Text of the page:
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What is supervision?

Supervision embraces much more than audits of offshore facilities and land-based plants. This term refers to all contact between us as the regulator and the regulated object.


Photo from supervision

It thereby covers every activity which provides us with the necessary basis for determining whether the company concerned has accepted its responsibility to operate in an acceptable manner.

This supervisory responsibility encompasses the whole petroleum industry life-cycle, from exploration drilling through development and operation to cessation and removal.

Our supervision is most visible when we visit offshore facilities, land-based plants or fabrication sites to ensure that the companies are complying with the regulations.

But our supervisory activities also include:

  • meetings with the companies
  • acquiring data about accidents and incidents
  • considering company development plans
  • applications for consent to conduct various activities
  • investigating accidents.

What is supervised?
We supervise all players in the Norwegian petroleum industry. In theory, this applies to all operators, contractors and vessel owners.

Nevertheless, our attention is primarily concentrated on the oil companies acting as operators, because they have an overarching responsibility to ensure that all its contractors and sub-contractors comply with the regulations.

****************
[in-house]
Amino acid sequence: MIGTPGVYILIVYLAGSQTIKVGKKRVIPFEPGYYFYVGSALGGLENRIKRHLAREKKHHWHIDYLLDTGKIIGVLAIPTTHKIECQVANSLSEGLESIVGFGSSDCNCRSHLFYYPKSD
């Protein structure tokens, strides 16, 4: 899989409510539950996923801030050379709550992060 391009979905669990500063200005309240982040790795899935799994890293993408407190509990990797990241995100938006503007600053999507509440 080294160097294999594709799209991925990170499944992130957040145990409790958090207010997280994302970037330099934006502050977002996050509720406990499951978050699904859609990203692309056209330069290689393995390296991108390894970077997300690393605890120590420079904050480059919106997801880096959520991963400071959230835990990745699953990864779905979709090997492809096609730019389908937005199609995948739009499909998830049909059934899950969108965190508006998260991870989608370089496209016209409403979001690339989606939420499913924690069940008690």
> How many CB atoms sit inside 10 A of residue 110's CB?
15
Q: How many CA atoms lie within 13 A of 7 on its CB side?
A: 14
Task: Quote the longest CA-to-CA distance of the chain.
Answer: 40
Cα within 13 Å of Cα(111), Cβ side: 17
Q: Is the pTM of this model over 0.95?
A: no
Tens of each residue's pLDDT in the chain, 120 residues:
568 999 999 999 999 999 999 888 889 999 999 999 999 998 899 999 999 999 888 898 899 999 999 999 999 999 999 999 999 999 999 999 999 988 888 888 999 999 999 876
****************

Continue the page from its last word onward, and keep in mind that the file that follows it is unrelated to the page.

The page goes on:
Our regulatory authority covers the whole Norwegian continental shelf (NCS), as well as petroleum-related plants on land in Norway.

We supervise:

  • more than 75 permanent installations and over 40 mobile units on the NCS
  • eight major land-based petroleum plants
  • roughly 300 subsea installations
  • about 14 000 kilometres of oil and gas pipelines.

With around 170 staff, we are clearly unable to exercise direct supervision of all these facilities in the course of a year. Nor should that be necessary.

Our most important job is to check that the companies themselves are accepting their own responsibility.

We give priority to supervising those areas which have proved to involve the highest level of risk. This approach is known as risk-based supervision.

How is our supervision conducted?
Most of our practical supervisory work involves dialogue with the industry – asking questions about plans, analyses, documentation and information. In addition come cross-industry initiatives intended to encourage positive developments in a specific technical area of the industry.

Notification of a supervisory activity, such as an audit, is usually given some time in advance, and an audit normally begins before our team starts its fieldwork. These preparations often take the form of meetings with the relevant company, which usually involve both management and union representatives.

Moreover, meetings are usually held with the safety delegate service when visiting an offshore facility or a land-based plant in order to ensure that the views of the workforce are obtained.

The results of these assessments are presented in an audit report, which is used as a basis for deciding how to follow up the findings made. It could, for instance, be appropriate to issue an order. This is a decision on measures which the company is legally obliged to implement. See also responding to regulatory breaches.

As mentioned above, we place great emphasis on dialogue with companies and unions in the industry. Several important fora have accordingly been established for such tripartite collaboration.

Organisation: supervision coordinators and contacts
We have organised our supervision responsibility in six different teams. Each of these deals with a portfolio of industry players, and comprises relevant specialists from our organisation.

A team is headed by a supervision coordinator with product responsibility and individual decision-making authority. It also has personnel who serve as contacts for a defined set of players.